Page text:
Former President John Mahama has again lashed out persons who he says criticised the National Democratic Congress (NDC) when it was in government but have shied away from holding the New Patriotic Party (NPP) accountable.
His remarks to NDC supporters on Saturday during his Volta Region tour follow the criticism against him for saying the NDC was capable of more violence than the NDC after the controversial Ayawaso West Wuogon by-election.
“When it comes to unleashing violence, nobody can beat us [National Democratic Congress] in unleashing violence,” Mr. Mahama stated in reference to the NDC’s history, that includes two successful coup attempts.
But following the backlash, the former President retorted that “anytime NDC is in power, they are always very vocal. When something happens, [they say] ‘this is wrong’, and they are condemning.”
“But as soon as their preferred government comes into power, everything is right: ‘family and friends [government]’ is okay as long as they are qualified. You think NPP will be in power forever,” he quizzed.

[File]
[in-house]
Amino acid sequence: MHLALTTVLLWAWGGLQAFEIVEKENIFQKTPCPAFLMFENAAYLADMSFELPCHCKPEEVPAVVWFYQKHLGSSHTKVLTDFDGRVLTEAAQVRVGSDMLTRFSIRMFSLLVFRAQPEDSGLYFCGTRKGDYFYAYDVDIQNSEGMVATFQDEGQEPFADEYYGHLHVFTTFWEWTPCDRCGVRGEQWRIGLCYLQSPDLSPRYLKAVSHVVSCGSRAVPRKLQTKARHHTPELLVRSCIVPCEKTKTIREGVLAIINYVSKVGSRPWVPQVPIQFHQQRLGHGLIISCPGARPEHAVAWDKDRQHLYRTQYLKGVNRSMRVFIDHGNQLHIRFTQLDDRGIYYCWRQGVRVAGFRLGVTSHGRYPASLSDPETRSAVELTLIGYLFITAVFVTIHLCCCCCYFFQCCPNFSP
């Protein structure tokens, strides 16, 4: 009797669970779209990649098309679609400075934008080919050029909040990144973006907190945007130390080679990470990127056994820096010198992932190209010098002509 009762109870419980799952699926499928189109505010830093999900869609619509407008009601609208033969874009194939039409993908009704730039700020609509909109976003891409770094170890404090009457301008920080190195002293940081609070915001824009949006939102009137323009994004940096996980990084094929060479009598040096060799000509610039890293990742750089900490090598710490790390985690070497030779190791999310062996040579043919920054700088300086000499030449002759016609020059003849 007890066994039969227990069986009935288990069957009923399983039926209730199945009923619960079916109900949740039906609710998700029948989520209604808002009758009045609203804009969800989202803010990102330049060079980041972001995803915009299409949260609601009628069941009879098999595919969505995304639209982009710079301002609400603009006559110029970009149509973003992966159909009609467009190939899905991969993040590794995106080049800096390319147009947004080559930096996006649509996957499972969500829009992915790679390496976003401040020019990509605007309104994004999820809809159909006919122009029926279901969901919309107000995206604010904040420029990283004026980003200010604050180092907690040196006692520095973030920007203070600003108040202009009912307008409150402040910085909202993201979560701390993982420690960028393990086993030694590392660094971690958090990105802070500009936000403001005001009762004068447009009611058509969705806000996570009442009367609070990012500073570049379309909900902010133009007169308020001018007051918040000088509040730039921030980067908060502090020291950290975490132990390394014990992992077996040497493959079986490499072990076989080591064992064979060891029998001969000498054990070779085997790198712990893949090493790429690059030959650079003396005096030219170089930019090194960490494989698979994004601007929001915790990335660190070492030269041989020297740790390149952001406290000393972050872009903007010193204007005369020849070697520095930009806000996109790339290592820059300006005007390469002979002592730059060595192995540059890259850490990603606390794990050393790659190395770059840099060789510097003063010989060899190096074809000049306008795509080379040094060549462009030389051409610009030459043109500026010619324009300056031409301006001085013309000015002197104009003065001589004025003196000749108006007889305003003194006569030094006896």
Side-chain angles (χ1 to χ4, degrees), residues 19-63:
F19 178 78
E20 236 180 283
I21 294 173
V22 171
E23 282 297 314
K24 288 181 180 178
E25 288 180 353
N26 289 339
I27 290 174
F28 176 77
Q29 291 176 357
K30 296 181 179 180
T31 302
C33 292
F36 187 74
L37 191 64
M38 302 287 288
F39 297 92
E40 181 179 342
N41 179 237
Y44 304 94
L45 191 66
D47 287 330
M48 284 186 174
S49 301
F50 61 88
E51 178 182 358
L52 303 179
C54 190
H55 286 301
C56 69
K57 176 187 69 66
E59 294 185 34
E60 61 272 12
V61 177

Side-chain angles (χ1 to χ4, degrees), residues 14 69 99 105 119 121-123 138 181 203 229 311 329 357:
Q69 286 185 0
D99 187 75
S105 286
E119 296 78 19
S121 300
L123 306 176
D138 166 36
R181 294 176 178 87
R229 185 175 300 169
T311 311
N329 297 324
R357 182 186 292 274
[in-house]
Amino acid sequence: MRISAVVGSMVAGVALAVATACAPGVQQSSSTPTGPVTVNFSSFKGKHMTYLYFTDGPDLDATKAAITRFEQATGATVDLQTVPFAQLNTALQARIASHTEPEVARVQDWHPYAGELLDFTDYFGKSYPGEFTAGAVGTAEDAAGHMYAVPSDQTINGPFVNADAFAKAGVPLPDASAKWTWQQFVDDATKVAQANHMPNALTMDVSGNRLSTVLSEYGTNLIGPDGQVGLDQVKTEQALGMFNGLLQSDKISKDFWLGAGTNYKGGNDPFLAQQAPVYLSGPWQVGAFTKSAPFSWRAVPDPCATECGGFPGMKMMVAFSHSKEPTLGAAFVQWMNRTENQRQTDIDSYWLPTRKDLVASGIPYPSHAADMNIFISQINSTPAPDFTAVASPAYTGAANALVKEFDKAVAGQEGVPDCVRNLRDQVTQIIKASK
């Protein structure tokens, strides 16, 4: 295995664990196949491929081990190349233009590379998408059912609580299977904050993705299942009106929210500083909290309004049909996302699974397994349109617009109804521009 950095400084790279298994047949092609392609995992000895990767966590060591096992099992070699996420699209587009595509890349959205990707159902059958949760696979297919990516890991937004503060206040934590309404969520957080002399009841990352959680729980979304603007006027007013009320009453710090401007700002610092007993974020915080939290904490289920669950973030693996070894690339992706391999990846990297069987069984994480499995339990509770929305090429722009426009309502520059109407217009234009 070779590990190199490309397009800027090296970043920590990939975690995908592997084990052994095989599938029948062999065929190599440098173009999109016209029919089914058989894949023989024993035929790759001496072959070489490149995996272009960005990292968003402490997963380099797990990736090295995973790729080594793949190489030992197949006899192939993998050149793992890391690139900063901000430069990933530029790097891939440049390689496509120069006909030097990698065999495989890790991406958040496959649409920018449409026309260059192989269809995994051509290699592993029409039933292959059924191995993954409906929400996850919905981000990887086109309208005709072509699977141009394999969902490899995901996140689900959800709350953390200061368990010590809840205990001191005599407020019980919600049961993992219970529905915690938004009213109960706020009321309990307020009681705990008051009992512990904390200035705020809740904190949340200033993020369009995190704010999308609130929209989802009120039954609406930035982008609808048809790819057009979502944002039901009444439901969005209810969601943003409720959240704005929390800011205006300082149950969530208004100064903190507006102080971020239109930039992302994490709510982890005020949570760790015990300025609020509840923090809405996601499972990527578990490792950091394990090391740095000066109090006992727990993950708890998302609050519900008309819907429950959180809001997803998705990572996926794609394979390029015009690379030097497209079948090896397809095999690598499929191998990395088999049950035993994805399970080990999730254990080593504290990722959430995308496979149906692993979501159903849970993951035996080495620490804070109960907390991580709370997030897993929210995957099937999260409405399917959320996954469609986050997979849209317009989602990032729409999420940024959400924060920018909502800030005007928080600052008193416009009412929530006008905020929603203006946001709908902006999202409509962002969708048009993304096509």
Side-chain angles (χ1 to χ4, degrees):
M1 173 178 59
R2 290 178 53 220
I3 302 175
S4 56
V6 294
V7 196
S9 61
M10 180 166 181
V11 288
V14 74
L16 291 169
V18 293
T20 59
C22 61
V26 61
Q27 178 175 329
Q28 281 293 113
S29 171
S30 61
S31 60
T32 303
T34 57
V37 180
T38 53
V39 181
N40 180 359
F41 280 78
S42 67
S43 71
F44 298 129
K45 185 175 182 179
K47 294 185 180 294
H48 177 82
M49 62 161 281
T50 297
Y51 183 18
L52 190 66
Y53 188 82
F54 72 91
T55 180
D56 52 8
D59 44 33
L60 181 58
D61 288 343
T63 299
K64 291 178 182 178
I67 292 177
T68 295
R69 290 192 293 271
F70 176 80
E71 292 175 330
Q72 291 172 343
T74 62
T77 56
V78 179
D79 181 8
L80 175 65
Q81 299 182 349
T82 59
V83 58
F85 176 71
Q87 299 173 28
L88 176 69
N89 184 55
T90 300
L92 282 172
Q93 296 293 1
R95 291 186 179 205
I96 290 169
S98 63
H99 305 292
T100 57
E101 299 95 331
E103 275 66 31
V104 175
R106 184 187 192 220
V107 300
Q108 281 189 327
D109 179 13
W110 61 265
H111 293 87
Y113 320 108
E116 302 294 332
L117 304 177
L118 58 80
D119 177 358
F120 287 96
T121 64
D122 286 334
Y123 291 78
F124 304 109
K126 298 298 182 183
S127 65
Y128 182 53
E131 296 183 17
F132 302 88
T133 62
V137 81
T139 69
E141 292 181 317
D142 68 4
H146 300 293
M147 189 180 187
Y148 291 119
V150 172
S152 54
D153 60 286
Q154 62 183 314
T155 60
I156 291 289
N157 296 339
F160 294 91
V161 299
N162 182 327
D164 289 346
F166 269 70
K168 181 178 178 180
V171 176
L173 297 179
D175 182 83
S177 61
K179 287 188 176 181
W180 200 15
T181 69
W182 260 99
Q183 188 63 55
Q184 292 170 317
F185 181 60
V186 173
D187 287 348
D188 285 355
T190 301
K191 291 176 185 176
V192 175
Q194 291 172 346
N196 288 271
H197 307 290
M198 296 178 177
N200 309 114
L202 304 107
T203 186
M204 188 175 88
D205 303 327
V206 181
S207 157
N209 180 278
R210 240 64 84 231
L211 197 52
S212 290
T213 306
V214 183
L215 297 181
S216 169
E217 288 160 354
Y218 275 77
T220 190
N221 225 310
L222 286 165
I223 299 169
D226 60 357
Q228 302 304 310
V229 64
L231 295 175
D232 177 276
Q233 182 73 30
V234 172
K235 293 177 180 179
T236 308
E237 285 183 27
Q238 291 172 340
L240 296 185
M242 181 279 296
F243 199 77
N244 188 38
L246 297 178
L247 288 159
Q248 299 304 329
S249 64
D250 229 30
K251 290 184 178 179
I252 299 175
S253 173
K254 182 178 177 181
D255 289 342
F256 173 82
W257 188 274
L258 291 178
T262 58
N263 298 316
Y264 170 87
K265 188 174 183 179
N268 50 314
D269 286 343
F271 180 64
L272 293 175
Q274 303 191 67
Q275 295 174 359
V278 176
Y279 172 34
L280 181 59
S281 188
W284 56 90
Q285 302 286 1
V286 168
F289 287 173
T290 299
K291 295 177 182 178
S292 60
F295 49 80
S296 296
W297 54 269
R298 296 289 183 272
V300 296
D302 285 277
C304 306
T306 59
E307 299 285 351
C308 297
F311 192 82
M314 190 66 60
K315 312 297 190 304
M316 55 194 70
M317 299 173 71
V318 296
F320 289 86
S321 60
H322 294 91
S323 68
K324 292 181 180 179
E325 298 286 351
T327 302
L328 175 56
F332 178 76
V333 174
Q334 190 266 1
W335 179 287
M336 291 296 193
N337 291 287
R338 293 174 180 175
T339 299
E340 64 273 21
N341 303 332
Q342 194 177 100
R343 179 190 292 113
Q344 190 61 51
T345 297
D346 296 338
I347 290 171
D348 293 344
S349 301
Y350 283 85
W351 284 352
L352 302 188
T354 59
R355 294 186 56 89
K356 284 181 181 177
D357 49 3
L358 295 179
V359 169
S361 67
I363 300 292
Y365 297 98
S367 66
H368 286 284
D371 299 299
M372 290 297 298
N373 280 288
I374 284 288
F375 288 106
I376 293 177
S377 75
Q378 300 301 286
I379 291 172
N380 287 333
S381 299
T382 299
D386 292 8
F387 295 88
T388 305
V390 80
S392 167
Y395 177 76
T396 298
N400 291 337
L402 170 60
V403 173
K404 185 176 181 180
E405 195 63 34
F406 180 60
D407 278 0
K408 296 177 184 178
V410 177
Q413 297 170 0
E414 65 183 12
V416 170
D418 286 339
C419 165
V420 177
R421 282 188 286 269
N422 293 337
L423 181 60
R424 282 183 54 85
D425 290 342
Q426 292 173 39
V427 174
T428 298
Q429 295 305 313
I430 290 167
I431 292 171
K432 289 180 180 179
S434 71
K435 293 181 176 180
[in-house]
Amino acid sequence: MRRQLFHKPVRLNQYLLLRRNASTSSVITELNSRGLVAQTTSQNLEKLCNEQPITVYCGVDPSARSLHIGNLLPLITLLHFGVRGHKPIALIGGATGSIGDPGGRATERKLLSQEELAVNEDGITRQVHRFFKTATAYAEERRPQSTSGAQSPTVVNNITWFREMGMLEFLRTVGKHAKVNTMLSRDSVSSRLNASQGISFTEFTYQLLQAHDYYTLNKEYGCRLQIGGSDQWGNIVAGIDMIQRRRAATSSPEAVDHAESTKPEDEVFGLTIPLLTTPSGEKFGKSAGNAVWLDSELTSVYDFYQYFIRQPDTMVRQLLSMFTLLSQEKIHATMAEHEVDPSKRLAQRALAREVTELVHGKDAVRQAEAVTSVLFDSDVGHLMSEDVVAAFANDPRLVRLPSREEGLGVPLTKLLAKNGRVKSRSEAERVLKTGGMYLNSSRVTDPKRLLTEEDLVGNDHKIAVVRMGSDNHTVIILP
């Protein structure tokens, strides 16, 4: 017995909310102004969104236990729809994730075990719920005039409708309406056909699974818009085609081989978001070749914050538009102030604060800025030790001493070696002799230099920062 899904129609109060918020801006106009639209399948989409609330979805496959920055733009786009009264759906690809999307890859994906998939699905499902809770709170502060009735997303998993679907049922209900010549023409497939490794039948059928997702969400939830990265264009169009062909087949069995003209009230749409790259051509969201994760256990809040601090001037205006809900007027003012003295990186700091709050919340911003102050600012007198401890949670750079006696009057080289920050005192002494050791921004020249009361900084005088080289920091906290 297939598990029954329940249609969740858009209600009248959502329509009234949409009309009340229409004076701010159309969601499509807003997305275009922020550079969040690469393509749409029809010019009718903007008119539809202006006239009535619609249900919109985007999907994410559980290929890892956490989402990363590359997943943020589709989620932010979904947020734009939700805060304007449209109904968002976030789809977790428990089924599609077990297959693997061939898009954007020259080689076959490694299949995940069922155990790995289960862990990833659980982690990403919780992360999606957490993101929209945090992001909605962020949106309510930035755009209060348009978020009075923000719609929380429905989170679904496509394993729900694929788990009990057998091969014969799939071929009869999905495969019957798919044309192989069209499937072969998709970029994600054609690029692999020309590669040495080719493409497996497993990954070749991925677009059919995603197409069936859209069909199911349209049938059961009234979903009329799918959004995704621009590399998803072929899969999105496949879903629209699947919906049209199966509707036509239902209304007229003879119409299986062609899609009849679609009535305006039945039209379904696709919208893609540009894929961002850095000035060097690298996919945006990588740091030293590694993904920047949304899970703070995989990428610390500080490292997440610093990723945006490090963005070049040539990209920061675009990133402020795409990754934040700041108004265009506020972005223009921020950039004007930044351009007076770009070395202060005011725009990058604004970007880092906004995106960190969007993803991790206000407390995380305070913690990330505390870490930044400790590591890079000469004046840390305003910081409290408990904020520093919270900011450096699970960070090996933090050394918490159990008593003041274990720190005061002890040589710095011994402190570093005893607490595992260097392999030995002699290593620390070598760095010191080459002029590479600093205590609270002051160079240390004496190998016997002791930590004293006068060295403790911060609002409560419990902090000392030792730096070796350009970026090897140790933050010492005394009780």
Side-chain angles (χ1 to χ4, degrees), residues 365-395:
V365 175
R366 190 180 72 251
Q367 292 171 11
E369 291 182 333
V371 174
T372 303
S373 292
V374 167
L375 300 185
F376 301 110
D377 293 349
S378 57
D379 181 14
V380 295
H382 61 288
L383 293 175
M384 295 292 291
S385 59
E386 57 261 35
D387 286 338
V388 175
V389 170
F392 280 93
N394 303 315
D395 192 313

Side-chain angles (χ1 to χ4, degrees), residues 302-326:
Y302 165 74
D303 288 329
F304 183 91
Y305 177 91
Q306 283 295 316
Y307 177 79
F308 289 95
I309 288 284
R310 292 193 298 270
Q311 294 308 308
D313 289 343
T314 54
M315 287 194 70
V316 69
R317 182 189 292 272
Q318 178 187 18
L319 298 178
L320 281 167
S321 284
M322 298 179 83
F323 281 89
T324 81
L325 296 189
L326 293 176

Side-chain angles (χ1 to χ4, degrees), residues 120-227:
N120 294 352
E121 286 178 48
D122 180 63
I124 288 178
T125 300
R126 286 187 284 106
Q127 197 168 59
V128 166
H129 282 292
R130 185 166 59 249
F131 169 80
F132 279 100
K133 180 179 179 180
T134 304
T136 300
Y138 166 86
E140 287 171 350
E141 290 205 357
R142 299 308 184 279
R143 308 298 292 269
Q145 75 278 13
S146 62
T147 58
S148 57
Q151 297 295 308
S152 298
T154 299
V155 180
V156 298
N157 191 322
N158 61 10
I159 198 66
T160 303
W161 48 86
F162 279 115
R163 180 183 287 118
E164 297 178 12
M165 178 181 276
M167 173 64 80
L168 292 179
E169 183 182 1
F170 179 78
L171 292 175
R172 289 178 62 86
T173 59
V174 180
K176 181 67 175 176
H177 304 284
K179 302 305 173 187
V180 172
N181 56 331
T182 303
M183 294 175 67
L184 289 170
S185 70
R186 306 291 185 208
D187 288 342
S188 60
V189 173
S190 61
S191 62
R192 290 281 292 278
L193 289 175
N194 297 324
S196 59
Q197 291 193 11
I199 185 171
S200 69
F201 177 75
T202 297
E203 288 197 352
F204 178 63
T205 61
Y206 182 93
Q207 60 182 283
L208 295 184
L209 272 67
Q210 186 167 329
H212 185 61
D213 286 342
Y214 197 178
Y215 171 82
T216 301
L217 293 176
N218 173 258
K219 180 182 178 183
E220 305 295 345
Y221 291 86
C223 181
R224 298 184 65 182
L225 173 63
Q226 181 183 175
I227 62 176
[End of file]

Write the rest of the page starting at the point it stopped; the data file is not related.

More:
Previous comments on hypocrisy
Mr. Mahama has decried previous instances of what he felt were hypocritical comments from key public figures.
One notable instance was in March 2018 after Pastor Mensah Otabil had said he preferred wildlife shows to political discussions.
“Suddenly, everything is fine. Some say they don’t watch TV again, they watch animals. In our time, they were not watching animals. They were listening to the political discussion. Now in their time, there is too much politics. You will be tired because your darling [government] is super incompetent so they are tired of hearing the analysis. That is the hypocrisy we face.”
“I never ever thought that Ghanaians would tolerate the levels of nepotism in government that we see today… now today look at it. That is the new standard and civil society is quiet. Religious leaders are quiet. When NDC comes the next time, must the standards of national government differ because of who is in the presidency? That is the hypocrisy of our politics,” Mr. Mahama responded.